This is all prelude to me noting that I met the President last week, and actually attended events with her on three successive days. All three events were very different (4th of July party, signing of the Millennium Challenge Corporation threshold agreement, and a cabinet meeting of sorts) and revealed an impressive variety of political and policy skills. Like any good head of state, she could readily move in a diverse crowd and make small talk with a room full of people. Unlike many leaders, she also had an unbelievable level of detailed knowledge about the smallest kernels of domestic policy, down to the level of which bridges are currently impassable in the far eastern edge of the country.
Of course, governing a country the size of Virginia with 10% of the population of California makes some of this easier, but no matter how small, Liberia is still a nation and the president doesn't just deal with the issues confronting a medium size city. She has to deal with foreign debt and international borders, macroeconomic policy and human rights treaties. Adding to the challenge, the highly centralized governmental structure here means that she's largely responsible for governance at all levels, so has to deal with the nitty-gritty details of local politics as well. She's doing it all in a country that went through 14 years of civil war and whose peace is maintained by a UN mission that's preparing to leave within the next two years.
Throughout the last meeting, I was routinely impressed by how readily she could shift back and forth from policy minutiae to big picture vision for the country with a clear understanding of the connections between the two. I'm not sure I've ever seen anyone quite like her. Part of this may come from great staffing, and I know that part comes from hard work. In fact, anyone in Monrovia can easily see how long her hours are each night (and most weekends). Since the Executive Mansion was destroyed by power-surge induced fire during her inauguration, she's been working from the Ministry of Foreign Affairs. Her presidential escort and UN bodyguards wait outside the Ministry all day and into the night while she's there working. When she's in the country, she's there until at least 8 or 9 every night, and has been rumored to shoot off emails throughout the night as well.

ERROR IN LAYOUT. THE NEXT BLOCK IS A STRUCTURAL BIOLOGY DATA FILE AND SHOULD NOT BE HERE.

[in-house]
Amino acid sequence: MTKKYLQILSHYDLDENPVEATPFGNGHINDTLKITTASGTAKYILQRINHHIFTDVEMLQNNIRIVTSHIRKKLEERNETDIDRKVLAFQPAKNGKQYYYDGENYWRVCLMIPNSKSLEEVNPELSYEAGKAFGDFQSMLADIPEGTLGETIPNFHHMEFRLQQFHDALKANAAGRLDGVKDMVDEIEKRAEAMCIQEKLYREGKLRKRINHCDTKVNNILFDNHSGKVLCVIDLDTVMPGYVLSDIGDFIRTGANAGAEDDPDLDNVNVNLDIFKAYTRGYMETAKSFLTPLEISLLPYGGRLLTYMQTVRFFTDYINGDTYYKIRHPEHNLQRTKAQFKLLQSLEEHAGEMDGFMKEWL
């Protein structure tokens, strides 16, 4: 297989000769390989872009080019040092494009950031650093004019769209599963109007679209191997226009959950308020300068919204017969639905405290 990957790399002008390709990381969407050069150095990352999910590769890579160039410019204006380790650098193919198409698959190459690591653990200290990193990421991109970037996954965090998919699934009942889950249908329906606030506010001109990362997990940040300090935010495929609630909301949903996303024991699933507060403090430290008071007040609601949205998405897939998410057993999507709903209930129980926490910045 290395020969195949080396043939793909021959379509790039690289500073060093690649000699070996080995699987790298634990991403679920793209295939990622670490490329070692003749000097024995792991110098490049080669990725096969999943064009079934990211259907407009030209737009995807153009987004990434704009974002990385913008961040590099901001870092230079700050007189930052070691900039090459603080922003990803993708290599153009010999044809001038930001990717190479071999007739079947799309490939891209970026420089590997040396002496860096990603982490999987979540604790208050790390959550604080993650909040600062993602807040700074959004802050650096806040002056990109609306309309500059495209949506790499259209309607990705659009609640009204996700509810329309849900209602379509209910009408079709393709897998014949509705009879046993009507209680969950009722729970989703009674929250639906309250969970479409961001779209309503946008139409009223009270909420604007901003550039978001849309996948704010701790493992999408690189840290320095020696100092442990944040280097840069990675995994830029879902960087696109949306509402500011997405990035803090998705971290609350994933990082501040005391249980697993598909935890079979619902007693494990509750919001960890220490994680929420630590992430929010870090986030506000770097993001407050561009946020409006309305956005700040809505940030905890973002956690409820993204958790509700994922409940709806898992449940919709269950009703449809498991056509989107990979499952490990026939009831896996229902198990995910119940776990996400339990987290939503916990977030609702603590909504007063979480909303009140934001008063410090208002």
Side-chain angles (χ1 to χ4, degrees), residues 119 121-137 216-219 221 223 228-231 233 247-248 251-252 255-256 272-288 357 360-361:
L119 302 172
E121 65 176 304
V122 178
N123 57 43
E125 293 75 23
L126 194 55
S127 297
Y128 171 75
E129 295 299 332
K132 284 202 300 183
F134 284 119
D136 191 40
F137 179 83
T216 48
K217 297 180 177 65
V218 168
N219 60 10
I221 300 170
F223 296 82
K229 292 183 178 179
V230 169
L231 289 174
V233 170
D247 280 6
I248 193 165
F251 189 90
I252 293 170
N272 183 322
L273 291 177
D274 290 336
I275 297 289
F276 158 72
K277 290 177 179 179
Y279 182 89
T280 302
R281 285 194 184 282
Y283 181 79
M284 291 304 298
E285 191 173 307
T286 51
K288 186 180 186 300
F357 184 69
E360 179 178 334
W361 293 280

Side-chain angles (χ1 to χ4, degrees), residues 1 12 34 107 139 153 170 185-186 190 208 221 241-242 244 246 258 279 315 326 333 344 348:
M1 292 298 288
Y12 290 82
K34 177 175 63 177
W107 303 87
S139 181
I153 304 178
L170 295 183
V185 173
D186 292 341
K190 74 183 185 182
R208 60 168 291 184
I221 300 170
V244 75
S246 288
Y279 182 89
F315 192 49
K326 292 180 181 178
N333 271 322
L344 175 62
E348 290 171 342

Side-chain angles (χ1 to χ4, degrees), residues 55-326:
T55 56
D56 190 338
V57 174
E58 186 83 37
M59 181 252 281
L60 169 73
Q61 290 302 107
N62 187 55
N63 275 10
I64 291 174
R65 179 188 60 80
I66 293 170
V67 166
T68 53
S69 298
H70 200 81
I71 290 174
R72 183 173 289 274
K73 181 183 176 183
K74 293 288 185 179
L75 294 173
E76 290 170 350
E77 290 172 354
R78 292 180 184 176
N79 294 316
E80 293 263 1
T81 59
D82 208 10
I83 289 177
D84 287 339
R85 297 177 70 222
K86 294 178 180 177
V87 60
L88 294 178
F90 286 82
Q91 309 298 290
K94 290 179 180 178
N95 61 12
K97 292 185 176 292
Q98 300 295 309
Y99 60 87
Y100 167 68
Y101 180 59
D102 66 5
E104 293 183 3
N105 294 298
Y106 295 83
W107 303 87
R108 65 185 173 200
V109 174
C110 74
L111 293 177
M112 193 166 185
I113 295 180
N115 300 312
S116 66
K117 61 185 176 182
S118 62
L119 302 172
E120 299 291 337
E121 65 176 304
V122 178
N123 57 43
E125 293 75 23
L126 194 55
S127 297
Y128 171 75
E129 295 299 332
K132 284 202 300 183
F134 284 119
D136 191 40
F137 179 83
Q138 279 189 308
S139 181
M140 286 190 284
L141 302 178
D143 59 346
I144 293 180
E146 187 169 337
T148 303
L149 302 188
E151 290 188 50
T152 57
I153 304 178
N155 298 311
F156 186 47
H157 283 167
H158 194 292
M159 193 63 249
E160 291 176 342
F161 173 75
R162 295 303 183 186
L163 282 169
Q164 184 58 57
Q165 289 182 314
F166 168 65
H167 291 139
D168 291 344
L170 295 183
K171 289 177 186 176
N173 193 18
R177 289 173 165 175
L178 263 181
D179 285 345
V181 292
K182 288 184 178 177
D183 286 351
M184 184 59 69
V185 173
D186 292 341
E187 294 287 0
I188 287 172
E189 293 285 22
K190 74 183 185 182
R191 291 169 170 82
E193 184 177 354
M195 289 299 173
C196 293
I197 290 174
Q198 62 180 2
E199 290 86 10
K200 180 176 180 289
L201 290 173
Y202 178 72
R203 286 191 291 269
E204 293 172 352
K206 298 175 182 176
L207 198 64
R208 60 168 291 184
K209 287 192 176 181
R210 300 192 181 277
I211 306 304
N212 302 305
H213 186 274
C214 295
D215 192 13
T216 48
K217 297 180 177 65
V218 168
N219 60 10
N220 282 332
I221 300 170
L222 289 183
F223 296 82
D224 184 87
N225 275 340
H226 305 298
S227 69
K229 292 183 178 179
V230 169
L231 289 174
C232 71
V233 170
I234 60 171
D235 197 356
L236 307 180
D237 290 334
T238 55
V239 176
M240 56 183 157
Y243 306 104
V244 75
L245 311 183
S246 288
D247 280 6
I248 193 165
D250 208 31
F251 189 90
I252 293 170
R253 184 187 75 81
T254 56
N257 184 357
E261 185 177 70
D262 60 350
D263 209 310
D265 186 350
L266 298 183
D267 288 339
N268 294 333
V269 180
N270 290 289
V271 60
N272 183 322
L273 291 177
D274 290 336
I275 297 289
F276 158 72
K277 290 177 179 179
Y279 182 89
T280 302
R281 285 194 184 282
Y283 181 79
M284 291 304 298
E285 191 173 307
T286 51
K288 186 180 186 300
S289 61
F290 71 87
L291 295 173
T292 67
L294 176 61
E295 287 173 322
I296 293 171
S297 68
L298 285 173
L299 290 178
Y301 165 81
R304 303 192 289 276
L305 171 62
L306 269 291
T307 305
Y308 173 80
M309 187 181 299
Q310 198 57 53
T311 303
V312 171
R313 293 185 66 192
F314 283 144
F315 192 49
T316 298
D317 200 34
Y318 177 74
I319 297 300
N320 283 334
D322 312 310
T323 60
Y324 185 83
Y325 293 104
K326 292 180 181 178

This has turned into random facts about Ellen now, so I think I'll stop and show a few pictures (I did take one with her, but on someone else's camera and I need to get a copy still) but not before sharing a few more tidbits:
- She's Africa's first (and to date, only) elected female head of state
- She's almost 72, and planning to run for reelection to another five year term next year
- She was married at 17 and had four kids by the time she was 23. She left them all here with her family when she went to the US to get a college degree. She eventually left her abusive husband, got her Master's at Harvard, worked in banking, became a high level official in the UN, and held various government posts here on and off before the war began.
Lest you think vuvuzelas are just for South Africa or the World Cup, rest assured that this guy long predates the current madness. He has been the personal trumpeter of the Liberian president since the mid-60's, blowing his wooden vuvuzela-like horn as the president enter or leaves the room and at somewhat random intervals in between. I think this also makes him one of the longest-serving civil servants in government.
Ellen with the US Congressional delegation and some Monrovia schoolgirls after the signing of the MCC agreement. She regularly credits Liberia's women with ending the civil war and helping her win the presidency, and has focused an incredible amount of attention on issues impacting women and girls.
A bit of the spread from the post-MCC signing reception, including some ginormous plantains. In case I haven't mentioned it recently enough, I'm obsessed with Liberian plantains.